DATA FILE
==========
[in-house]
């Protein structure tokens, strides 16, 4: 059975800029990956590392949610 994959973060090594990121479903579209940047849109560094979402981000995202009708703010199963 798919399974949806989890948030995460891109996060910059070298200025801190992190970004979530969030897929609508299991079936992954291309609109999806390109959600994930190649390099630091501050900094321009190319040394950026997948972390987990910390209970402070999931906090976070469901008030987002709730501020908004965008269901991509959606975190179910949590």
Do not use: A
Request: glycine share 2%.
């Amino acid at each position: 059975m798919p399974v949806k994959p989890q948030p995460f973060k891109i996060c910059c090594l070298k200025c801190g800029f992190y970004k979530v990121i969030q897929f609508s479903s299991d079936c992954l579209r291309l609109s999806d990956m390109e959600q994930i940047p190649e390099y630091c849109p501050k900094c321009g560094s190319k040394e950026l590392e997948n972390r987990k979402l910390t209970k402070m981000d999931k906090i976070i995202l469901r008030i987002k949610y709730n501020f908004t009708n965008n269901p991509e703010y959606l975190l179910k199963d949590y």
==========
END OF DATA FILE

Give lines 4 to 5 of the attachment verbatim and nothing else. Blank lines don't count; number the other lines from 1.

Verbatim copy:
Request: glycine share 2%.
């Amino acid at each position: 059975m798919p399974v949806k994959p989890q948030p995460f973060k891109i996060c910059c090594l070298k200025c801190g800029f992190y970004k979530v990121i969030q897929f609508s479903s299991d079936c992954l579209r291309l609109s999806d990956m390109e959600q994930i940047p190649e390099y630091c849109p501050k900094c321009g560094s190319k040394e950026l590392e997948n972390r987990k979402l910390t209970k402070m981000d999931k906090i976070i995202l469901r008030i987002k949610y709730n501020f908004t009708n965008n269901p991509e703010y959606l975190l179910k199963d949590y």